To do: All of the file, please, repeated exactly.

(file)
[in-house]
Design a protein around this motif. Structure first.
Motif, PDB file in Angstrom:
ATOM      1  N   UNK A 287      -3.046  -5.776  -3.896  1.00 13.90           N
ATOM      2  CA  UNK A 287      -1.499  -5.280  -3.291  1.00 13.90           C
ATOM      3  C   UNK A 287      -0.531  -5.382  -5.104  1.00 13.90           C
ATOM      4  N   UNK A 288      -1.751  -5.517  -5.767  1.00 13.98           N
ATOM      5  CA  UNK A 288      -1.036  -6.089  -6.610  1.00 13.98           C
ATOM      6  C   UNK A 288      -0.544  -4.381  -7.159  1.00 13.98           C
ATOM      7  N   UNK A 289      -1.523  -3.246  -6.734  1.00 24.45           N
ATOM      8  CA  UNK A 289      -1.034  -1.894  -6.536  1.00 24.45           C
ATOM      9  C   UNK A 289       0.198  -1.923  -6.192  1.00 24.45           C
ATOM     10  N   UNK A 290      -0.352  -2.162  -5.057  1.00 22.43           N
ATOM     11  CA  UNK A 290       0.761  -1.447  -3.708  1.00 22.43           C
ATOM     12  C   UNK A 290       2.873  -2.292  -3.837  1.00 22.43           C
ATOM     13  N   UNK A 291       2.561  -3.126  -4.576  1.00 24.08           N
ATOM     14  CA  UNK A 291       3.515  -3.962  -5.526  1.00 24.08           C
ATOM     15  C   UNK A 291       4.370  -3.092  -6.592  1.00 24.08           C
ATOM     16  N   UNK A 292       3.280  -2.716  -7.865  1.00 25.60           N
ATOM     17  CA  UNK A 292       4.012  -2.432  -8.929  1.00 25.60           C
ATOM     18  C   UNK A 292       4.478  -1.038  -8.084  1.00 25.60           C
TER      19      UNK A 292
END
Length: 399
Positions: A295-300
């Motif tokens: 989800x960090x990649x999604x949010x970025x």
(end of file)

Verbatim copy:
[in-house]
Design a protein around this motif. Structure first.
Motif, PDB file in Angstrom:
ATOM      1  N   UNK A 287      -3.046  -5.776  -3.896  1.00 13.90           N
ATOM      2  CA  UNK A 287      -1.499  -5.280  -3.291  1.00 13.90           C
ATOM      3  C   UNK A 287      -0.531  -5.382  -5.104  1.00 13.90           C
ATOM      4  N   UNK A 288      -1.751  -5.517  -5.767  1.00 13.98           N
ATOM      5  CA  UNK A 288      -1.036  -6.089  -6.610  1.00 13.98           C
ATOM      6  C   UNK A 288      -0.544  -4.381  -7.159  1.00 13.98           C
ATOM      7  N   UNK A 289      -1.523  -3.246  -6.734  1.00 24.45           N
ATOM      8  CA  UNK A 289      -1.034  -1.894  -6.536  1.00 24.45           C
ATOM      9  C   UNK A 289       0.198  -1.923  -6.192  1.00 24.45           C
ATOM     10  N   UNK A 290      -0.352  -2.162  -5.057  1.00 22.43           N
ATOM     11  CA  UNK A 290       0.761  -1.447  -3.708  1.00 22.43           C
ATOM     12  C   UNK A 290       2.873  -2.292  -3.837  1.00 22.43           C
ATOM     13  N   UNK A 291       2.561  -3.126  -4.576  1.00 24.08           N
ATOM     14  CA  UNK A 291       3.515  -3.962  -5.526  1.00 24.08           C
ATOM     15  C   UNK A 291       4.370  -3.092  -6.592  1.00 24.08           C
ATOM     16  N   UNK A 292       3.280  -2.716  -7.865  1.00 25.60           N
ATOM     17  CA  UNK A 292       4.012  -2.432  -8.929  1.00 25.60           C
ATOM     18  C   UNK A 292       4.478  -1.038  -8.084  1.00 25.60           C
TER      19      UNK A 292
END
Length: 399
Positions: A295-300
């Motif tokens: 989800x960090x990649x999604x949010x970025x």